Silver Sky Farm in Michigan got a nice payback when it invested in a starling control program.

For $400, the farm eliminated more than 90 percent of the pesky birds that had been soiling the barn with dung and stealing grain from the cows' rations. The day after the birds were poisoned, it was quite a sight. Dead birds were found in all seven of the farm's upright silos - a popular roosting place. "They just kind of blanketed the silo floors," says Frank Konkel, co-owner of the 280-cow dairy in Hesperia, Mich.

The baiting program far surpassed previous efforts the dairy had made at controlling the starlings.

The program worked for Silver Sky Farm, as well as a number of other dairies in Michigan. If a similar program is offered in your area, you may want to consider it.

Solves pesky problem
The program is not perfect. In some cases, weather can be a complicating factor. The program works best if it's cold and snowy outside; that way, the birds are more likely to congregate around a farm and be a captive audience for control efforts.

And, the poison used to kill the starlings can kill other bird species as well. For instance, it can kill pigeons, crows and ravens. However, when it is cold and snowy outside - in the dead of winter - those other species are less likely to be around. Starlings remain the principal target.

"We have been quite successful in eliminating threats to non-target animals," says Pete Butchko, Michigan state director of USDA/Wildlife Services.

At Silver Sky Farm, starlings had wreaked havoc for a number of years. "They were eating so much corn and soy out of the lactating cow mix that it resembled a dry-cow mix a few hours after feeding it," says Lance Johnson, the other owner of Silver Sky Farm.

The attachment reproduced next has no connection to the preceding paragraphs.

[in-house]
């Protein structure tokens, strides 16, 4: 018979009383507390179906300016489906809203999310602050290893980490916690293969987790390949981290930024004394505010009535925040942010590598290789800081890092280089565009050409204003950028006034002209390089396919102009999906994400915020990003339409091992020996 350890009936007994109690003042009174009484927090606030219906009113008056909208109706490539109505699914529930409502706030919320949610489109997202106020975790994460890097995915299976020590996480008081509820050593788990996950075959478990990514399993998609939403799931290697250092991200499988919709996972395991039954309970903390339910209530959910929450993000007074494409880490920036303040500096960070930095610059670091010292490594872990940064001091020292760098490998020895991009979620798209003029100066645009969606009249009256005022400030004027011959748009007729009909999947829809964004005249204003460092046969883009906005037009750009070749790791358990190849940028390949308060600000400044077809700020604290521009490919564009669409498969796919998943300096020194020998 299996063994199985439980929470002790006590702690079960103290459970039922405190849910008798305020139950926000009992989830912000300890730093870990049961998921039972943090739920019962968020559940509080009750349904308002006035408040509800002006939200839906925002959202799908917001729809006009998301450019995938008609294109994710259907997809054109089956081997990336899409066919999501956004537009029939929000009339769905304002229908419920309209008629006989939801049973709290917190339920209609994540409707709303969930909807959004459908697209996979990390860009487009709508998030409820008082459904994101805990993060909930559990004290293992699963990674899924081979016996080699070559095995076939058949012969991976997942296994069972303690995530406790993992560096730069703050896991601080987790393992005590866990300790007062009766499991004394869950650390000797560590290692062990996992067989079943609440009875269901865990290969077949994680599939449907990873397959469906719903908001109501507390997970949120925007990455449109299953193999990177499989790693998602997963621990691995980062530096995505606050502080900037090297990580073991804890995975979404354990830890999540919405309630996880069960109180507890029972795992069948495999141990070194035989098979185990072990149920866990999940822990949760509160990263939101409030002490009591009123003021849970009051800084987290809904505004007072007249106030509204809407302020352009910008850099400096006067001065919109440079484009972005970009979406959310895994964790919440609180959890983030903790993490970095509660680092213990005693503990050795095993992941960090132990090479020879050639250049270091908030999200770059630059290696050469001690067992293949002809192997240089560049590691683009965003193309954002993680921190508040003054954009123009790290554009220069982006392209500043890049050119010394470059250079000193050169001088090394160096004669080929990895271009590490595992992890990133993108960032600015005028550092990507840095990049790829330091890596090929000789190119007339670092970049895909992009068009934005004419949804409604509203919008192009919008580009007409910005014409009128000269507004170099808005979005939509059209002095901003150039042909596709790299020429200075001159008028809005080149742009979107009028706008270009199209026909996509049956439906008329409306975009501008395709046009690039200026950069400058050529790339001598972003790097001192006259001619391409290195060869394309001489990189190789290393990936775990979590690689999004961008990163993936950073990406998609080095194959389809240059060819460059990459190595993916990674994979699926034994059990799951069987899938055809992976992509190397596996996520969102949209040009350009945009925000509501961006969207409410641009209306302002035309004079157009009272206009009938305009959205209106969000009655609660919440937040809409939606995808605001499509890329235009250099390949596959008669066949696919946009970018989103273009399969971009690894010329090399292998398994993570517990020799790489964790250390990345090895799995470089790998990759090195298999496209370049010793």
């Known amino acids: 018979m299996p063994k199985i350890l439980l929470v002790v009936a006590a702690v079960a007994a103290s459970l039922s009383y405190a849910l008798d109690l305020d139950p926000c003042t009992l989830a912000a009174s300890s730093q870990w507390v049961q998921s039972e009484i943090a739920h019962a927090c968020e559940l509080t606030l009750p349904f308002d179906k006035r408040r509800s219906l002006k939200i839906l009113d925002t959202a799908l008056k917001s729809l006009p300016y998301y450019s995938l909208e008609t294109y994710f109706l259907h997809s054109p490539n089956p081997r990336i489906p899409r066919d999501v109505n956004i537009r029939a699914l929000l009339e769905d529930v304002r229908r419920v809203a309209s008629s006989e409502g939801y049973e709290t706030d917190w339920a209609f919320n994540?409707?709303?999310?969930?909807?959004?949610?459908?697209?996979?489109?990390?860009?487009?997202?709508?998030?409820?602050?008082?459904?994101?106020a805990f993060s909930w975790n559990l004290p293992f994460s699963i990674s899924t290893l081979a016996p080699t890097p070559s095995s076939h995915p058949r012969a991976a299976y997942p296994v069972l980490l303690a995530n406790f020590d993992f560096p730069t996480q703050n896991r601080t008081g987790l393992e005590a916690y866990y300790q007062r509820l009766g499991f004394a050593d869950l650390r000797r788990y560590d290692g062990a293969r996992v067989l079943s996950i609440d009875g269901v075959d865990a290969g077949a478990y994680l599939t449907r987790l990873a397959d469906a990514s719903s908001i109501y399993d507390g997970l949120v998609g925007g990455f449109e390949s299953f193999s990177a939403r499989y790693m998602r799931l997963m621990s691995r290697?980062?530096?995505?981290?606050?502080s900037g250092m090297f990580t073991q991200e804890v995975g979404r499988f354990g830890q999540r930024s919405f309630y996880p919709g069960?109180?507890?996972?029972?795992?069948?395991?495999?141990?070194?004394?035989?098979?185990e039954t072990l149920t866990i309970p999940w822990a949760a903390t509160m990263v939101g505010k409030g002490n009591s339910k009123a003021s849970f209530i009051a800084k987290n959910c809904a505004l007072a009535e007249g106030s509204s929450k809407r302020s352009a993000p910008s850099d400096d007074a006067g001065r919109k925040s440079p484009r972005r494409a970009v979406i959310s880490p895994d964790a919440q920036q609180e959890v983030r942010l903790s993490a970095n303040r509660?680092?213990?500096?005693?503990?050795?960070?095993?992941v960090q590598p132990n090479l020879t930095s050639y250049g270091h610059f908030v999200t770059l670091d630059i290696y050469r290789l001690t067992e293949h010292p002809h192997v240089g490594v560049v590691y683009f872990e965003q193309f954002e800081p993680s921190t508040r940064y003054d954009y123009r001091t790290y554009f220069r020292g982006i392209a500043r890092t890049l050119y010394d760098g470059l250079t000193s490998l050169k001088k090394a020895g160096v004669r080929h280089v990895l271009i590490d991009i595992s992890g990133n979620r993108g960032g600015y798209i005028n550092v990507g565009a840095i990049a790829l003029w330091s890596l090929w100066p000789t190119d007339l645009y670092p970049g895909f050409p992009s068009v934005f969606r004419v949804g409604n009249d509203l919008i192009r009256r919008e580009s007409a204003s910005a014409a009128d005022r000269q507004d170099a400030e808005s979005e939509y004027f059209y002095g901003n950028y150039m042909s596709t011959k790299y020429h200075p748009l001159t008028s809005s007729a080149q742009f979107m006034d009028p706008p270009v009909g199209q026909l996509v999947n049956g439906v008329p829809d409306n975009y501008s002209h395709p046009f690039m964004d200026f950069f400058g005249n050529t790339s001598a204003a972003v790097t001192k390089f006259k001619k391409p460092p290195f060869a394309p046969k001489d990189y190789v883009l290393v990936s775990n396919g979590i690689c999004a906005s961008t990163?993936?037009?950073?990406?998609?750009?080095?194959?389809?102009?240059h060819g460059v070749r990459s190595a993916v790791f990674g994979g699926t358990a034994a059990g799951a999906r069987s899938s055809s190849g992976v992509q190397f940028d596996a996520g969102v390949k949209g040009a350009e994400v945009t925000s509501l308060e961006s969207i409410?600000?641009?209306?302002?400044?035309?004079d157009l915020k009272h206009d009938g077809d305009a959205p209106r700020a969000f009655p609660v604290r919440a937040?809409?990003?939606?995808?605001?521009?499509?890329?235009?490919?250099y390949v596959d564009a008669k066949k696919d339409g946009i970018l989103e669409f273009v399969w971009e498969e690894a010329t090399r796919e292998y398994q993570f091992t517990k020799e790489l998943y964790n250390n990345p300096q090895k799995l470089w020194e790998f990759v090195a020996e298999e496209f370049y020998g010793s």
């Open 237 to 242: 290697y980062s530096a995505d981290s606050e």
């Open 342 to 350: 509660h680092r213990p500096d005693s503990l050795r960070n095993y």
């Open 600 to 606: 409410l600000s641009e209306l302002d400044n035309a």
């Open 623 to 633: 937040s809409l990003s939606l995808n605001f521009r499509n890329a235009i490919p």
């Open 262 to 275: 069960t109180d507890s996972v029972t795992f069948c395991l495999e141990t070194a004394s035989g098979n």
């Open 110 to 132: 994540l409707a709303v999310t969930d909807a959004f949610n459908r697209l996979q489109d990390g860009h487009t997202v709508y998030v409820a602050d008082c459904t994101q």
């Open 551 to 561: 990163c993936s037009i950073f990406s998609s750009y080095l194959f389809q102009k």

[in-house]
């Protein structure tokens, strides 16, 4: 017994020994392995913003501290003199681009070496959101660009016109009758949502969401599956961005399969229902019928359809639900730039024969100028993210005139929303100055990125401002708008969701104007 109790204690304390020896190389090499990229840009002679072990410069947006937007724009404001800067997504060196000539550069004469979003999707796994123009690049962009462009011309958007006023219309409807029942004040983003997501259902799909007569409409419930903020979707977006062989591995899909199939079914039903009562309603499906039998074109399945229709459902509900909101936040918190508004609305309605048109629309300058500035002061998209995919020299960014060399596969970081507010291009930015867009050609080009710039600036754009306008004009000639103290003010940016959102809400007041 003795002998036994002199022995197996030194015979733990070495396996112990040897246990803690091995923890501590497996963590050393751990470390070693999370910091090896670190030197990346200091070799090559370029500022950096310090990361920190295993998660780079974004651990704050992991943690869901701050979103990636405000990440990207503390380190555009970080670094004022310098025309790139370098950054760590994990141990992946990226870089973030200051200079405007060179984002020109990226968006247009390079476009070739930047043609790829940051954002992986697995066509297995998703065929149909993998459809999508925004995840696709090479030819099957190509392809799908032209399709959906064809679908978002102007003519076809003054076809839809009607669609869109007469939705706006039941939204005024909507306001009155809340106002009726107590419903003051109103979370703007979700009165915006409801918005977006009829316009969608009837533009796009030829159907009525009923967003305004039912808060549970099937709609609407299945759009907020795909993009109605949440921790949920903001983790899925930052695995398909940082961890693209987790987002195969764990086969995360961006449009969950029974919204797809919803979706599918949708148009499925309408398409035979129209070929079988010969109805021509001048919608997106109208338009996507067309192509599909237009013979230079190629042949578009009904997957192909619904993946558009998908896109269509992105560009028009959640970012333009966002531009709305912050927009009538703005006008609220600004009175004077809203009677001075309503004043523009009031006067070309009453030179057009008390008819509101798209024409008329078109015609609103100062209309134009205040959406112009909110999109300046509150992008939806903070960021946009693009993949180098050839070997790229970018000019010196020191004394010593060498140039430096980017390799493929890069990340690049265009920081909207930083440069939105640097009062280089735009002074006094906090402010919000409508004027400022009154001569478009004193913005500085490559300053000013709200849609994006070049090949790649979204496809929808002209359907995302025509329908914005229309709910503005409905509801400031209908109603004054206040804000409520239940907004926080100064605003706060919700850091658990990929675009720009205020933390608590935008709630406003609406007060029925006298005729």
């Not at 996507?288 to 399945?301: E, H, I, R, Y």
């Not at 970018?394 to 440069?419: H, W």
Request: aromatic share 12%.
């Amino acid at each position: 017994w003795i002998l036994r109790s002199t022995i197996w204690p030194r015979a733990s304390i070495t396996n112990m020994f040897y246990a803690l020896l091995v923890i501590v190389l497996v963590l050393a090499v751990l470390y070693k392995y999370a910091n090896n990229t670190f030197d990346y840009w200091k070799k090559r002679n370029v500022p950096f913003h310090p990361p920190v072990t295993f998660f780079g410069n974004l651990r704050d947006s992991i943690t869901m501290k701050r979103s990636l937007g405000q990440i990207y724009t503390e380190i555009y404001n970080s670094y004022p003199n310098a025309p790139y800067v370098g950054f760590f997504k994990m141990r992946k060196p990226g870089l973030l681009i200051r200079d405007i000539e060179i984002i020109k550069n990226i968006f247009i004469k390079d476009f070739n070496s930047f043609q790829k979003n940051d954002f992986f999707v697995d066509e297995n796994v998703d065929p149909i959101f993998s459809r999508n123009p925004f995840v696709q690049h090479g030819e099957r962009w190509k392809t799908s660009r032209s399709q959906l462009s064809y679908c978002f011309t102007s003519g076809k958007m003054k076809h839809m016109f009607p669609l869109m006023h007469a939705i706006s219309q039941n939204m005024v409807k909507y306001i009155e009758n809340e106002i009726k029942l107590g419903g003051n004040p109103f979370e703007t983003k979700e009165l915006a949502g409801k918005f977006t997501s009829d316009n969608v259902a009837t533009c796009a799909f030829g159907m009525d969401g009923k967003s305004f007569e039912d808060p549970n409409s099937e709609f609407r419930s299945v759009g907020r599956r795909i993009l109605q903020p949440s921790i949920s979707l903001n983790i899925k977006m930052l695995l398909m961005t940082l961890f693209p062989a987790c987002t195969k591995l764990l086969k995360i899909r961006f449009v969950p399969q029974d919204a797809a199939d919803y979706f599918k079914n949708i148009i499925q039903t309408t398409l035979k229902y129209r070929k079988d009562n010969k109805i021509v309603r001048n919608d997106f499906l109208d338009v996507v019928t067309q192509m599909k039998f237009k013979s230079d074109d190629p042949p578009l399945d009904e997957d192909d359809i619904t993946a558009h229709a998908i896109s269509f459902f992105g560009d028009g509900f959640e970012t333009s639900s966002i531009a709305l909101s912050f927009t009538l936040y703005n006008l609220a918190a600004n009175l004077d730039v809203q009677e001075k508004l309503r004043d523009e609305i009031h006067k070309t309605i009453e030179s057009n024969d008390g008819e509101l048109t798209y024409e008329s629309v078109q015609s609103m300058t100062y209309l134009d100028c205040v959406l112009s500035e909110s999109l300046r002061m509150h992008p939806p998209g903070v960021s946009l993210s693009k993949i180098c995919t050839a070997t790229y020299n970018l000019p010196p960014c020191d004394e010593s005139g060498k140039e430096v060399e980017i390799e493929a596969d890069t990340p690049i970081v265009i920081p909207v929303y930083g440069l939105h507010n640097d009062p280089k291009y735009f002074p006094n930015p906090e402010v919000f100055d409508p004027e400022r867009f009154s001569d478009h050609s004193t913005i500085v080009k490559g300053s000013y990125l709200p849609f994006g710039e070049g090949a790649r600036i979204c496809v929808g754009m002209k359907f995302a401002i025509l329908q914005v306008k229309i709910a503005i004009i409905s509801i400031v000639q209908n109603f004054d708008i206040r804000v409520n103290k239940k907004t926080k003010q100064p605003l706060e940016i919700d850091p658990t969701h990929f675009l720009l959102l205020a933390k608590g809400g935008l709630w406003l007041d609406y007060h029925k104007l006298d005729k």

When Johnson and Konkel heard about the starling control program offered by USDA/Michigan Wildlife Services, they jumped at the chance. The $400 fee seemed like a bargain.

Last January, a Wildlife Services technician came to their farm and initiated the program - a classic bait-and-switch technique designed to kill birds. For four days, he placed a regular feed supplement down the center alley of the free-stall barn, which attracted the starlings. Then, on the fifth day, he switched to bait treated with a toxicant known as DRC-1339.

The DRC-1339 toxicant, which is registered for USDA-use only, destroys kidney function in the birds. Birds that consume it usually die within 24 hours. By the time birds die, virtually all the toxicant in their bodies has been metabolized, eliminating the possibility of secondary poisoning.
Good success

USDA reports good success with the program. Michigan Wildlife Services conducted follow-up interviews with all 105 farms that participated in the program last winter. Ninety-six of the farms reported that 75 percent or more of the starlings on their farms had been killed.

"We're delighted that we've come upon a technique that is effective and safe and well-received. I think this has exceeded our expectations," Butchko says.


Availability of program varies by state

Not all states offer the starling control program offered by Michigan Wildlife Services. Some states are just gearing up, while other states don't offer any programs at all.

Wisconsin ran a pilot program last winter. "It was very successful," says David Nelson, of Wisconsin Wildlife Services.

However, Wisconsin Wildlife Services has other urgent priorities, so a starling control program will only be continued as much as manpower allows.

To find out if your state offers a starling control program, go to the following Web site:
www.aphis.usda.gov/ws

Then, click on "wildlife services by state" to pull up a U.S. map. Click on your state to obtain contact information, including phone numbers.

Or, call (301) 734-7921.